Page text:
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Pros & Cons of Calisthenics

About a month ago, we hired a calisthenics coach at RxFIT. Jefferson Albright has almost twenty years of training gymnastics experience and is great fit with our staff at RxFIT.

For the next couple of days, I’d like to share some of his thoughts on calisthenics. He has inspired me to become fitter in body-weight fitness and I believe he has valuable knowledge that we can all benefit from.

Below are the pros and cons of training calisthenics in Jefferson’s words.


What is Calisthenics and Why Should I Care?

Calisthenics simply put is body weight exercise meaning that added weight is not generally used in calisthenic training, only the weight of your body. Gymnastics, climbing, and yoga are some examples of calisthenic disciplines.

So why in the world should I care about calisthenics?



It’s totally free. The great thing about calisthenics is that it doesn’t require any big purchases like weight lifting does because all you really need is your body weight. That being said though, there are some purchases that can enhance your calisthenics training, such as Olympic rings, but it is far less costly than buying different weight sets and other equipment.

It’s easy on your joints! Body weight movements are less strenuous on your joints and with a combination of stretching and endurance training it builds strong tendon and ligament strength that protect your joints from injury.

You can do it ANYWHERE. Using only your body weight for exercise means that you already have everything you need! Paul Wade wrote a book called “Convict Conditioning” in which he explains his fitness journey. He was in prison when he discovered the world of calisthenics and began training it in his prison cell. As long as you still have a body, you can train calisthenics no matter where you are.

Multiple qualities are targeted at once. Calisthenics uses many muscle groups all at once to perform the movements. For example, when performing a push-up your arms are pushing your body up and away from the ground but that’s not all, your core is also engaged to keep your body in a strong plank position along with other muscle groups that contribute to the different aspects of the skill. Training multiple muscle groups together like this has a great side effect, your muscles learn how to coordinate movements in unison. They become more balanced and your body control improves drastically. Other qualities that improve with calisthenic training include flexibility and kinesthetic awareness.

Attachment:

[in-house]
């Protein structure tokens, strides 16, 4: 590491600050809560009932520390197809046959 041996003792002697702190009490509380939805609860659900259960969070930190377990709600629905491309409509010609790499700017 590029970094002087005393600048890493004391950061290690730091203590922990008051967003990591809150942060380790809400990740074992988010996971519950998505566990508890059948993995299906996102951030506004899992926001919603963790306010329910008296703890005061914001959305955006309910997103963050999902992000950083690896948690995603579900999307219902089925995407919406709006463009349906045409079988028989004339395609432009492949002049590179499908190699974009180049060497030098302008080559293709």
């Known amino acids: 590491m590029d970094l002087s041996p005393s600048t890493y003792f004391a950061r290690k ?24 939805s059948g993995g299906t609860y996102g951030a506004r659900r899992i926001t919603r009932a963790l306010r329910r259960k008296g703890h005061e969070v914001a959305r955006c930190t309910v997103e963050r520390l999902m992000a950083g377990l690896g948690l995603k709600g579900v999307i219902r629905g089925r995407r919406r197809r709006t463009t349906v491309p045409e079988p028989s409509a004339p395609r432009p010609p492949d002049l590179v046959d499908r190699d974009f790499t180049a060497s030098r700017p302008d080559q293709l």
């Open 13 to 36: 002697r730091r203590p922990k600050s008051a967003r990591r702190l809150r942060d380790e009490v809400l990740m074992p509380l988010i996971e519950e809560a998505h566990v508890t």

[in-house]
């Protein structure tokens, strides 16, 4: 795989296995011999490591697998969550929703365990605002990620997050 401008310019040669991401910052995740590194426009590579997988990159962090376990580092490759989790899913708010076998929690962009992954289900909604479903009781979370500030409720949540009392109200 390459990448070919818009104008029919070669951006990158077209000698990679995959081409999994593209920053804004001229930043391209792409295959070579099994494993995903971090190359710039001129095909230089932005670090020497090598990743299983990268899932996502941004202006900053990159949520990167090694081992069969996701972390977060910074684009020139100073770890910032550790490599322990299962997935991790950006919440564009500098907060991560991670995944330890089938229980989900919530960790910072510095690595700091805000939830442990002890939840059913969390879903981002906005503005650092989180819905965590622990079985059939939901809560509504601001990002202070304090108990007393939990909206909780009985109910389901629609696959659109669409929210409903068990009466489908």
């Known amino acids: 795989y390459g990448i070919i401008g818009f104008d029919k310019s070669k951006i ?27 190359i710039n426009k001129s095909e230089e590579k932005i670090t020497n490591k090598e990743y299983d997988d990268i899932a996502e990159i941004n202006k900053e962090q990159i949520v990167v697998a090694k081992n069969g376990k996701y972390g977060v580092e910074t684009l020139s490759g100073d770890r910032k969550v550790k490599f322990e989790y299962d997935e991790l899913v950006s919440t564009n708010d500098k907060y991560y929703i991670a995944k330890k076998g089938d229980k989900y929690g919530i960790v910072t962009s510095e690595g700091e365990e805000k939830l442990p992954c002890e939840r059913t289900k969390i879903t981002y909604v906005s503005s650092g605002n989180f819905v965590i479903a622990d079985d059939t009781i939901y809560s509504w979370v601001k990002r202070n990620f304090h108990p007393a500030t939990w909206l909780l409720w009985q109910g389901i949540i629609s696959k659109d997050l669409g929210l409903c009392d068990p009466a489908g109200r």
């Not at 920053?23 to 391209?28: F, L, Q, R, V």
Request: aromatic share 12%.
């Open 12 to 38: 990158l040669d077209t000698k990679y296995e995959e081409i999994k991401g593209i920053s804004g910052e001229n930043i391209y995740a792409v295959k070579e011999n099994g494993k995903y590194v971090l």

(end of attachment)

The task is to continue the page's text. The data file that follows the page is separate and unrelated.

More creativity and cool skills! Using only your body weight as resistance sort of forces you to get more creative with your training. Exercises are more than just pushing or pulling a perpetually heavier weight. You need to engage your creativity muscles as well! This can lead to exciting and flashy new moves. An example would be the back flip which works your legs, core, and cardio or the handstand, working your arms and core. You need to find creative ways to challenge yourself.


As we’ve already discussed, calisthenics trains multiple muscle groups at a time. A downside to this is the difficulty in targeting specific muscles. Weight training is more ideal in this aspect. So you need to have your personal fitness goals clear in your mind.

You may find difficulty working your legs in body weight exercise. Calisthenic exercises focus most on core and upper body strength so you may need to get extra creative on leg day. Movements such as the air squat and lunges are good exercises but only go so far so start thinking outside the box.

Calisthenics is very technical. Form is very important when lifting heavy weights but the movements are generally easier to understand than gymnastic movements. This is one big reason why it is very important to have a trainer who can guide you safely through the movements and help you progress to more advanced skills.


Above all, you need to know what your fitness goals are. Calisthenics has so many benefits to it but understanding what your goals are is paramount in reaching them.


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